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Luke Waddell's lonely crusade against Housing First policy

Ben Schachtman

At last month’s Wilmington City Council meeting, freshman Councilman Luke Waddell was the sole “no” vote against the city’s plan to use federal funding for permanent supportive housing. His opposition came from concerns about “Housing First” policies. But what are those, and why does he oppose them?

Last month, city staff proposed using about $2 million in federal funds to create 66 permanent supportive housing units for the chronically homeless.

The plan was popular with city council members, save for one: Luke Waddell.

I mean, Housing First sounds great,” he said at the initial March 7 hearing. “But it's antiquated, and I think the data shows in no uncertain terms, it doesn't work.”

Waddell said he’s ideologically opposed to Housing First policy – but what is it? And how does it relate to permanent supportive housing (PSH)?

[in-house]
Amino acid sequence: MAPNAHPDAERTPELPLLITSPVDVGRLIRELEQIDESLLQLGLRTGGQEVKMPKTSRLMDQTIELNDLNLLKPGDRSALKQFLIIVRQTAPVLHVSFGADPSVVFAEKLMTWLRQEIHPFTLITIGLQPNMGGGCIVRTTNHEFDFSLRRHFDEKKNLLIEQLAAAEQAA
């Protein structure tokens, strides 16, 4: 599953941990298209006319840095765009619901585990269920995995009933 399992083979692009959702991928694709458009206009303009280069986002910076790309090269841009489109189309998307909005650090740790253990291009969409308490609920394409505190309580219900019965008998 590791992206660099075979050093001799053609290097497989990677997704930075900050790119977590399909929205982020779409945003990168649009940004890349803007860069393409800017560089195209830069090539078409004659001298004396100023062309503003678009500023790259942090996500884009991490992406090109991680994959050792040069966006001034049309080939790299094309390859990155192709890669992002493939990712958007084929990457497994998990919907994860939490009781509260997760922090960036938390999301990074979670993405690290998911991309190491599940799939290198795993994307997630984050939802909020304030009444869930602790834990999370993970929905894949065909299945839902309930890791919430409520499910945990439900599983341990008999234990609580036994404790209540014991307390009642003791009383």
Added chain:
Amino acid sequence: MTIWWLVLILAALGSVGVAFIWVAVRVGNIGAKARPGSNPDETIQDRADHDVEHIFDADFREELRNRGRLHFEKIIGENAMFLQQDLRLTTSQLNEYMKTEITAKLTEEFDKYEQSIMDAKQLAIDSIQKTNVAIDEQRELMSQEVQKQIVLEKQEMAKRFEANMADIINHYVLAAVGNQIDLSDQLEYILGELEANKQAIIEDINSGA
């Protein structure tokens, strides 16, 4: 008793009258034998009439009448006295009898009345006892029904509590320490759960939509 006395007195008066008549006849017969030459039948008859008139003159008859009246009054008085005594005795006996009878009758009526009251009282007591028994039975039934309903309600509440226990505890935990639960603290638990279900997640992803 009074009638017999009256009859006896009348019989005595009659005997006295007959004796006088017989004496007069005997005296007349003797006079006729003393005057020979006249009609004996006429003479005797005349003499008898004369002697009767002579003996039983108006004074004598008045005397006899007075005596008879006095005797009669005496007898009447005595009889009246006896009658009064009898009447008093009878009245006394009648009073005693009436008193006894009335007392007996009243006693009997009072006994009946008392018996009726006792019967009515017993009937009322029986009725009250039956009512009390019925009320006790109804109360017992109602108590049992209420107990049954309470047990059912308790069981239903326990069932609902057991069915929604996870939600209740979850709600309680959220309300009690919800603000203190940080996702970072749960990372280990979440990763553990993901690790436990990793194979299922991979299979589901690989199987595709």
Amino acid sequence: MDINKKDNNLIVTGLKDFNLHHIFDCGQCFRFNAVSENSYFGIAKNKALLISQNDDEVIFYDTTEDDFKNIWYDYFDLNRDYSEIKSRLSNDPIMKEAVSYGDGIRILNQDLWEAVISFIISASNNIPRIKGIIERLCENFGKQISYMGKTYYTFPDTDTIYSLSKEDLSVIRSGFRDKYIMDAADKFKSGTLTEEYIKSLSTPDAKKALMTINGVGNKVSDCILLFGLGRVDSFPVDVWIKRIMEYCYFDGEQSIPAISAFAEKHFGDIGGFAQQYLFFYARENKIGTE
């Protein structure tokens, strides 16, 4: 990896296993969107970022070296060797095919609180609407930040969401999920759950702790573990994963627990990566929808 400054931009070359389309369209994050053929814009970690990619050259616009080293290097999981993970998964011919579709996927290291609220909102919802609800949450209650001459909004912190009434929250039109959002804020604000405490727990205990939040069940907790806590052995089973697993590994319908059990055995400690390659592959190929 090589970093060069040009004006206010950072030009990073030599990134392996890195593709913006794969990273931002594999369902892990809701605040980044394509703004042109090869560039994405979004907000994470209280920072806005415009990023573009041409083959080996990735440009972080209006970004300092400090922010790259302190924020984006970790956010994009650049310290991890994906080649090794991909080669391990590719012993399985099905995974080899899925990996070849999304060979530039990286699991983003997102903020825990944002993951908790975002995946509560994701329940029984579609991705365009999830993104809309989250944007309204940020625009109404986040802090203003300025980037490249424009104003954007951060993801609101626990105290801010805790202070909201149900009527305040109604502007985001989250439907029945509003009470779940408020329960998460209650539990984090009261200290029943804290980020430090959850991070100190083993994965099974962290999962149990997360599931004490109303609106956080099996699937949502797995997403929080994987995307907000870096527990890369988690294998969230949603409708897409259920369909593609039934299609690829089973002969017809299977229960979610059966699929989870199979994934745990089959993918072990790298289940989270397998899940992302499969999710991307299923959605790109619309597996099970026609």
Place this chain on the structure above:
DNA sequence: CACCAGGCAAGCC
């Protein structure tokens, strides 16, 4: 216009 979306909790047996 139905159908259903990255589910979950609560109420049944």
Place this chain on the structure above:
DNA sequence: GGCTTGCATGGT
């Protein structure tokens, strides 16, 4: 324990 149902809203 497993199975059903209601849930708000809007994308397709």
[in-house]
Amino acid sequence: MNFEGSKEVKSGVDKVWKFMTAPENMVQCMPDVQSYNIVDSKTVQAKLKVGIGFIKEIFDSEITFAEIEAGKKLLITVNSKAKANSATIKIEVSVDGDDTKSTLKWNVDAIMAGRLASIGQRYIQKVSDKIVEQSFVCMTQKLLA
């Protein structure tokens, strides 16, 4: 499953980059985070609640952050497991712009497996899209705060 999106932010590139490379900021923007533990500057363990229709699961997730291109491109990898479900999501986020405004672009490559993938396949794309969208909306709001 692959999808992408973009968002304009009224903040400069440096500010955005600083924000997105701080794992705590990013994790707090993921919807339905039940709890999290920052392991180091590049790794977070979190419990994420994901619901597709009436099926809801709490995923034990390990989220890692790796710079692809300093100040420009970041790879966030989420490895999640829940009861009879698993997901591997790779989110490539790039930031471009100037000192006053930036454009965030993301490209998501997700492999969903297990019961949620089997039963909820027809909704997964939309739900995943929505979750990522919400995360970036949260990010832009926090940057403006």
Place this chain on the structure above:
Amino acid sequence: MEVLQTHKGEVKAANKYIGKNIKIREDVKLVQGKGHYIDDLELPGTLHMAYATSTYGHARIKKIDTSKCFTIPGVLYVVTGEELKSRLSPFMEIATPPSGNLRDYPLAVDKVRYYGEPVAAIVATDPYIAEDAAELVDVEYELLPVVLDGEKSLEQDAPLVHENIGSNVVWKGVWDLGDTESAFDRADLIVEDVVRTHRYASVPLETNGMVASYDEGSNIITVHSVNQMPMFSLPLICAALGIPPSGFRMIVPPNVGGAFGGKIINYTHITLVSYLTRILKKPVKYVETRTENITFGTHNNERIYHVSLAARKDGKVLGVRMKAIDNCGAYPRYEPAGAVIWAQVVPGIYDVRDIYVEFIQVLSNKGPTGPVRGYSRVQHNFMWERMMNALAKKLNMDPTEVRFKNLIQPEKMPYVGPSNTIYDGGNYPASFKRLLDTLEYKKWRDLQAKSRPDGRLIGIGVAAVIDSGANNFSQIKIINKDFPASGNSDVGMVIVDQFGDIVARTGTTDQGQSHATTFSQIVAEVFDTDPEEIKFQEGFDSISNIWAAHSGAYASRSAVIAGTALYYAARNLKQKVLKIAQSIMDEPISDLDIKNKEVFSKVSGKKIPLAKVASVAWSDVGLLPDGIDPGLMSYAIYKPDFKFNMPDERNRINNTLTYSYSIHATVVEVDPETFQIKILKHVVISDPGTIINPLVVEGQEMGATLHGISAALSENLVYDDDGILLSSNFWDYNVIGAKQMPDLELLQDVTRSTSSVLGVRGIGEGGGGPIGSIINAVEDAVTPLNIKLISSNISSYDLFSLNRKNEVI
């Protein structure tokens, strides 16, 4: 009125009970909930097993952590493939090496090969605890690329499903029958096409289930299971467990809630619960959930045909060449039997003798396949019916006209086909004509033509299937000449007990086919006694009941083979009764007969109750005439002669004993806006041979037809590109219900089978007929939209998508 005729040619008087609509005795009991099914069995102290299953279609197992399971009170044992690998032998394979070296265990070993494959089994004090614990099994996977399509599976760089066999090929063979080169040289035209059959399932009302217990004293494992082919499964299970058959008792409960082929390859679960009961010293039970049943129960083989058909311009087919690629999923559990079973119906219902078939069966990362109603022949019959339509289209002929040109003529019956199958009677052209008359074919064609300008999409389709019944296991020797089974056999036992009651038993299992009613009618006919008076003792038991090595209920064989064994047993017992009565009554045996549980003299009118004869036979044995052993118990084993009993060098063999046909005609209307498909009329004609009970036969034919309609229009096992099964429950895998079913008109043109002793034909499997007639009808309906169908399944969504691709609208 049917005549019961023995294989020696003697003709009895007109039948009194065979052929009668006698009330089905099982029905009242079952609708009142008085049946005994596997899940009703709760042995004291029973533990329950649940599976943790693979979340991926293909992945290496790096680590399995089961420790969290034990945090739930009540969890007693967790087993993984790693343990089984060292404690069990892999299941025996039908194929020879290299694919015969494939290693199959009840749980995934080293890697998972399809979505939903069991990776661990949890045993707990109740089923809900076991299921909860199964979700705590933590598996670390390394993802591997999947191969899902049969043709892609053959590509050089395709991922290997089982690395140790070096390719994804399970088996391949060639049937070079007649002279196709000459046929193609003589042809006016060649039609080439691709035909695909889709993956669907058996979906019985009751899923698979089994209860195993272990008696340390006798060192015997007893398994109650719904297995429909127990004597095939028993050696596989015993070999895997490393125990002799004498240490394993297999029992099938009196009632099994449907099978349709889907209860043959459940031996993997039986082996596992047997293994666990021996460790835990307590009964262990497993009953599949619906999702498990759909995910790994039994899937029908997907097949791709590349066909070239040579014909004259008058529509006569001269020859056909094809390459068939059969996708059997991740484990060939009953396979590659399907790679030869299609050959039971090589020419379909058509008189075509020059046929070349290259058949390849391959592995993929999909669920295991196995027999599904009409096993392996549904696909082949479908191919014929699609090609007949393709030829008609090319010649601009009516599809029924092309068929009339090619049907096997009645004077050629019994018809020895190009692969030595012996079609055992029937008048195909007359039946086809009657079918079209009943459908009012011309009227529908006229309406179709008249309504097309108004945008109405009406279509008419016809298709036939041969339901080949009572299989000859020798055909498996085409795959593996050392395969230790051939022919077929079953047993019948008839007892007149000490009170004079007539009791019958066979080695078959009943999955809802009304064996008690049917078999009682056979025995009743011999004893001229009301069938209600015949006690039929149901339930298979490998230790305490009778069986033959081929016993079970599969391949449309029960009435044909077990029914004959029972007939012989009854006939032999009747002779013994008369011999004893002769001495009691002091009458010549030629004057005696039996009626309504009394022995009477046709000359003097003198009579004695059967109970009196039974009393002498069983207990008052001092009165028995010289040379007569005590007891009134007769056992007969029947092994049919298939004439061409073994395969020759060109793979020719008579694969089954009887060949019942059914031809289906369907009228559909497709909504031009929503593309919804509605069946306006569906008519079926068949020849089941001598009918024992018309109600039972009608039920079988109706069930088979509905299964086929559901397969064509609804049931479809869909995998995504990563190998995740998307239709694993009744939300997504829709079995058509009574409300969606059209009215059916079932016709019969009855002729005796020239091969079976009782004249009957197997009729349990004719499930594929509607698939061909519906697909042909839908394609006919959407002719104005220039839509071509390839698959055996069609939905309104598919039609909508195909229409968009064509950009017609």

Let’s start by defining some terms. Michele Bennett, the board chair for the region’s Continuum of Care (CoC), says PSH is aimed at chronically homeless individuals.

“It means that you will help someone who has been chronically homeless, you provide them with on-site support services, or case management,” she explains. “But you can have requirements like sobriety, and still be considered permanent supportive housing," she said.

That’s quite different from Housing First, a policy dictating that housing be provided with no strings attached. Many PSH developments in Wilmington are Housing First: they only charge rent based on a limited proportion of income (if that income is $0, there's no rent).

Waddell, on the other hand, supports conditions on housing: things like sobriety, employment, or mandatory mental health care. He holds up Eden Village as a quality example, although they haven’t begun housing anyone yet. Eden Village bans drugs from its campus, charges a flat $300 rent, and enforces participation in group activities and volunteering.